Thrush is a yeast infection that occurs mainly in the mouth, vagina or with nappy rash. It is caused by a fungus that thrives in a warm, dark and moist environment, it is very common is women and is more likely to occur when pregnant, as a side-effect of certain medications, when run down or when immuno-suppressed, such as with HIV or when receiving chemotherapy. The fungal particles are usually harmlessly present in humans, but when unwell or under stress, it can multiply and become problematic.
Signs and Symptoms
Oral thrush is first seen with a redness of the tongue with the occurrence of a few small white spots. It can develop to a full coverage of the tongue with a thick whitish carpet-like appearance.
Vaginal thrush is distinguished by having a thick creamy discharge that can be odorous and itchy. The area may be red and tender with a small chance of pain when passing water.
There a many creams and pessaries available for the treatment of vaginal thrush, and a selection of oral preparations to help eliminate oral thrush, many available as a single dose; the pharmacist at your local chemist can help select an appropriate treatment. These can usually be bought over the counter, though a GP will be happy to provide a prescription if needed. Natural treatments include the use of natural yogurt applied to the vagina; this can be achieved by using a tampon and applicator or by hand.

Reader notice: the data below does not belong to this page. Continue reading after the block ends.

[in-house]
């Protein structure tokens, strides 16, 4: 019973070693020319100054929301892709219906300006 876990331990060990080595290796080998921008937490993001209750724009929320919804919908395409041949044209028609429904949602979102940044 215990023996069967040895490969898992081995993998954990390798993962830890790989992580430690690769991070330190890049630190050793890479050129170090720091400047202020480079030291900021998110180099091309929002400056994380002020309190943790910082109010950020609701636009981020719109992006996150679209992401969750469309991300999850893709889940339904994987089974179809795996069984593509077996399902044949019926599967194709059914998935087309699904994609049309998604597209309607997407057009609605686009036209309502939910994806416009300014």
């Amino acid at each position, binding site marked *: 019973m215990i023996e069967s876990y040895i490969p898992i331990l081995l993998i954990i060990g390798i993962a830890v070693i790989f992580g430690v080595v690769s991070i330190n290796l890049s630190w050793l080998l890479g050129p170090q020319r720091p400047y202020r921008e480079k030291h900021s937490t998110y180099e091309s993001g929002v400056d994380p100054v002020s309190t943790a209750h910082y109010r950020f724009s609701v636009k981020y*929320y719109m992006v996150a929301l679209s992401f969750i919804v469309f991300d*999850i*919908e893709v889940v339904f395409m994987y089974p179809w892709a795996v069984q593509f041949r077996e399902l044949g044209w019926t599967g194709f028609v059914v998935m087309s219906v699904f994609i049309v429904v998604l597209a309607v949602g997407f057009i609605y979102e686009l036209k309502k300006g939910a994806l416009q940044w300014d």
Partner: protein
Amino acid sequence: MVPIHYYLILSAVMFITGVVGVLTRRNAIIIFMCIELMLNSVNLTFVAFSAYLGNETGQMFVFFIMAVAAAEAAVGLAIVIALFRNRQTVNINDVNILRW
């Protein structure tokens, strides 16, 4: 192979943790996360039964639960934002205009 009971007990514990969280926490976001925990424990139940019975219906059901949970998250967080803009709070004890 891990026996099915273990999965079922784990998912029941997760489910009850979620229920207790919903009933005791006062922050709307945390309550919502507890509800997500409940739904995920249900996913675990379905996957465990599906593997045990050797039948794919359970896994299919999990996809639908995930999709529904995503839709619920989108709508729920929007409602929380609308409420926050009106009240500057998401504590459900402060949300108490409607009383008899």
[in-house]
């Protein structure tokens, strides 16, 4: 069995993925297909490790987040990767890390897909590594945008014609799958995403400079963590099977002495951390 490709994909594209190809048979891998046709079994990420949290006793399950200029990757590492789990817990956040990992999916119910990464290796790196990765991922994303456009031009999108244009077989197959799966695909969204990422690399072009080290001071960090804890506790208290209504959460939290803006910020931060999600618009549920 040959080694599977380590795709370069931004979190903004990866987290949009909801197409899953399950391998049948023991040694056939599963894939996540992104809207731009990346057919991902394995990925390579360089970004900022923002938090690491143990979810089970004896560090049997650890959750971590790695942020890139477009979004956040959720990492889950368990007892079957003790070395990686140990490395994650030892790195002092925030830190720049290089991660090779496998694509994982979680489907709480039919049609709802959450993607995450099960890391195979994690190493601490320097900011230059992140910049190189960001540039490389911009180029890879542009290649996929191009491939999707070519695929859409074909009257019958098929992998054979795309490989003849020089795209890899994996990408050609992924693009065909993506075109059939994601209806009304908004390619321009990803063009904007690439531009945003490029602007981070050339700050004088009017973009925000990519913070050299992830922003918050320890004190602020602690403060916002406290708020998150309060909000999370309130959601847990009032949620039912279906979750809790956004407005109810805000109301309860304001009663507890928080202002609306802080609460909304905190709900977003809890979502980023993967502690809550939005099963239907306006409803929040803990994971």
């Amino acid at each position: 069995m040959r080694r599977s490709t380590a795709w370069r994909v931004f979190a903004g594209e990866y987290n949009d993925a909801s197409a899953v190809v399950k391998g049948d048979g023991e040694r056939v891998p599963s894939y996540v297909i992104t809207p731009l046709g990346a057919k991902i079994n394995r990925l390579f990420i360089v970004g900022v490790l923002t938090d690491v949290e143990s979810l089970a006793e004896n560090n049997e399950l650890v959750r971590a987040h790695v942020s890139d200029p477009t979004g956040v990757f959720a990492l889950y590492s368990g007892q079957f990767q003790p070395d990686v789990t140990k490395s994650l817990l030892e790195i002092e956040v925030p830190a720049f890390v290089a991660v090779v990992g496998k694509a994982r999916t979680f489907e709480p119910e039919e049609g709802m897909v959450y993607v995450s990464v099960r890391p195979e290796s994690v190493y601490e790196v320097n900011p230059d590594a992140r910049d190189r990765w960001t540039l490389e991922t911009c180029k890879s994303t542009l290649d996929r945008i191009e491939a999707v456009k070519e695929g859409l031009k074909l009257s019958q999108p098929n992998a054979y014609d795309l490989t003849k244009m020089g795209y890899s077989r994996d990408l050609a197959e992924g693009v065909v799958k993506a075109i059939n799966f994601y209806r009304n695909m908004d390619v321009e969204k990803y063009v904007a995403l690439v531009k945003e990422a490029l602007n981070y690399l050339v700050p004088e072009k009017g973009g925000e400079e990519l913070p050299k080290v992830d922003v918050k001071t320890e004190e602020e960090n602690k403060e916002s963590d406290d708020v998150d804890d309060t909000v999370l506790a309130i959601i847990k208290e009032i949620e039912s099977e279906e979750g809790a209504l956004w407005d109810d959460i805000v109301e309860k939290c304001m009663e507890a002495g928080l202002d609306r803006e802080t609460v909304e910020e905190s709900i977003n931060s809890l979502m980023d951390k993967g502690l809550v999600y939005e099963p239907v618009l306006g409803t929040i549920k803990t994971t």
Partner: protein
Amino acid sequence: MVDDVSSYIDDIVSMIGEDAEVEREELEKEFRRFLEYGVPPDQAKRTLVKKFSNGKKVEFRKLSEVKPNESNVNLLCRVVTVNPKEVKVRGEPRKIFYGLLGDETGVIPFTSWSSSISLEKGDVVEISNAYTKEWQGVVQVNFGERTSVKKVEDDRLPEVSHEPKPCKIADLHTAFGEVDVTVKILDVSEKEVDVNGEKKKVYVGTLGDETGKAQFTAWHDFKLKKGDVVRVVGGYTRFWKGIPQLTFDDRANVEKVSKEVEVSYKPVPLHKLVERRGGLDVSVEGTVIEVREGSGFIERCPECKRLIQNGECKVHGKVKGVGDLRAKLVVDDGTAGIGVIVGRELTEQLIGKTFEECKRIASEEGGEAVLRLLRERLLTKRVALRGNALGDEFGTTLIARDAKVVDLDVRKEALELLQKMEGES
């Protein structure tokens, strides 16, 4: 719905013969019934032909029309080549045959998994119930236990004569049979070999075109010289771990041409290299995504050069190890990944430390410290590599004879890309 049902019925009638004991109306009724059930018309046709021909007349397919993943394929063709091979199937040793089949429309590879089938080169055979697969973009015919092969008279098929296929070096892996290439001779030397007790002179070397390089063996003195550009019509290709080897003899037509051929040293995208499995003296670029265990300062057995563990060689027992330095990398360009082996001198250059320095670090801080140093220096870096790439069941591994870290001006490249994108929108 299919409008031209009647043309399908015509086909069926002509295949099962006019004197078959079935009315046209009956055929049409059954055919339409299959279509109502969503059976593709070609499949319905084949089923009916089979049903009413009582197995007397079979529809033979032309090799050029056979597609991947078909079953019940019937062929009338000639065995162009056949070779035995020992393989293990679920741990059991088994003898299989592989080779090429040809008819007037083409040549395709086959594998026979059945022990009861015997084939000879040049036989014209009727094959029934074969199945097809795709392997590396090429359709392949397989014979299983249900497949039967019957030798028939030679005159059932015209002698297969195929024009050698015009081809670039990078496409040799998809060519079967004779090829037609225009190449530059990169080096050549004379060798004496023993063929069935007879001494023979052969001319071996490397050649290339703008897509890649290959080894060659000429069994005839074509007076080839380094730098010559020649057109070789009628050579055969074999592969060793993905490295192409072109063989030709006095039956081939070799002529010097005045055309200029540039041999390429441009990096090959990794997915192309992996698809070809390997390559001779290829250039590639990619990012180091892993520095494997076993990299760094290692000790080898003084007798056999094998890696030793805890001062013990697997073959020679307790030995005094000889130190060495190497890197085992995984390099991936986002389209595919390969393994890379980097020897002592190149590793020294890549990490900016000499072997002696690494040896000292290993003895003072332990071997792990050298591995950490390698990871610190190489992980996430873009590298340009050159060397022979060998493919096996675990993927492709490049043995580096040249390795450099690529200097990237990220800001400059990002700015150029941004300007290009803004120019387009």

Prevention of Thrush
Avoid tight fitting clothes and underwear, especially in hot weather as this can increase the chances of developing thrush. If you know you are prone to thrush, try wearing stockings instead of tights and always wear cotton underwear, which should be changed at least once daily.
Ensure the correct methods of sterilisation of baby equipment is followed to help reduce the incidence of thrush in infants; if you are unsure, speak to your health visitor who will give advice on types of sterilisation equipment available and demonstrate how to use it.
If using an inhaler of any type, always rinse the mouth after using the inhaler to prevent bacterial and fungal build-up. Use separate towels for bathing and ensure strict hand washing techniques are employed to avoid the spread of thrush and the transfer of fungal infection from hand to mouth, especially after using the toilet or tending to menstrual hygiene. Avoid the unnecessary use of anti-biotics as this can increase the use of thrush developing.
Avoid unprotected sex, even with a long-term partner if thrush has developed as the infection can spread to partners. If thrush is a persistent problem, speak to your GP who may want to do blood and urine tests to rule out the incidence of diabetes.
If you are caring for someone with thrush, particularly the very dependent such as the elderly or mentally incapacitated ensure they have a frequent supply of clean fresh fluids and ensure teeth/dentures are cleaned thoroughly to help alleviate the symptoms.
Thrush is a very common problem and should not be confused with a sexually transmitted infection. It is a fungal infection that can develop in people of any age at any time.